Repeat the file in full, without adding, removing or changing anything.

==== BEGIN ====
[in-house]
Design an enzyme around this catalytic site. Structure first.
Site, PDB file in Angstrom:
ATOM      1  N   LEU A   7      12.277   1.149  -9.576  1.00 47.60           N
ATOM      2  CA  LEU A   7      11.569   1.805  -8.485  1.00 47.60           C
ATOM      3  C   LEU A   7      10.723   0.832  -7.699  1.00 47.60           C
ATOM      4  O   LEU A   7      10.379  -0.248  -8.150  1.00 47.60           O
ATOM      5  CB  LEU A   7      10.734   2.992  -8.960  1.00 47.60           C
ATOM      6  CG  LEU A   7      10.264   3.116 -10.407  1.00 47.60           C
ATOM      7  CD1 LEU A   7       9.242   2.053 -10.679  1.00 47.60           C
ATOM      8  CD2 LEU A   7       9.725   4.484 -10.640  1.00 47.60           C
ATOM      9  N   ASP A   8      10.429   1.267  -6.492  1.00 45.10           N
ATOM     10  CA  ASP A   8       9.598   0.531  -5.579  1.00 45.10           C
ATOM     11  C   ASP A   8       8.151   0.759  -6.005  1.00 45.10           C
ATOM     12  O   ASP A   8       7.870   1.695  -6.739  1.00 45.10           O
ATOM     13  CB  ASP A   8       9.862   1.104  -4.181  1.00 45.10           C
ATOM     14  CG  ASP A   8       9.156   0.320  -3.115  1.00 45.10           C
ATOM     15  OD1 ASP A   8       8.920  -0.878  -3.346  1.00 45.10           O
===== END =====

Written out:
[in-house]
Design an enzyme around this catalytic site. Structure first.
Site, PDB file in Angstrom:
ATOM      1  N   LEU A   7      12.277   1.149  -9.576  1.00 47.60           N
ATOM      2  CA  LEU A   7      11.569   1.805  -8.485  1.00 47.60           C
ATOM      3  C   LEU A   7      10.723   0.832  -7.699  1.00 47.60           C
ATOM      4  O   LEU A   7      10.379  -0.248  -8.150  1.00 47.60           O
ATOM      5  CB  LEU A   7      10.734   2.992  -8.960  1.00 47.60           C
ATOM      6  CG  LEU A   7      10.264   3.116 -10.407  1.00 47.60           C
ATOM      7  CD1 LEU A   7       9.242   2.053 -10.679  1.00 47.60           C
ATOM      8  CD2 LEU A   7       9.725   4.484 -10.640  1.00 47.60           C
ATOM      9  N   ASP A   8      10.429   1.267  -6.492  1.00 45.10           N
ATOM     10  CA  ASP A   8       9.598   0.531  -5.579  1.00 45.10           C
ATOM     11  C   ASP A   8       8.151   0.759  -6.005  1.00 45.10           C
ATOM     12  O   ASP A   8       7.870   1.695  -6.739  1.00 45.10           O
ATOM     13  CB  ASP A   8       9.862   1.104  -4.181  1.00 45.10           C
ATOM     14  CG  ASP A   8       9.156   0.320  -3.115  1.00 45.10           C
ATOM     15  OD1 ASP A   8       8.920  -0.878  -3.346  1.00 45.10           O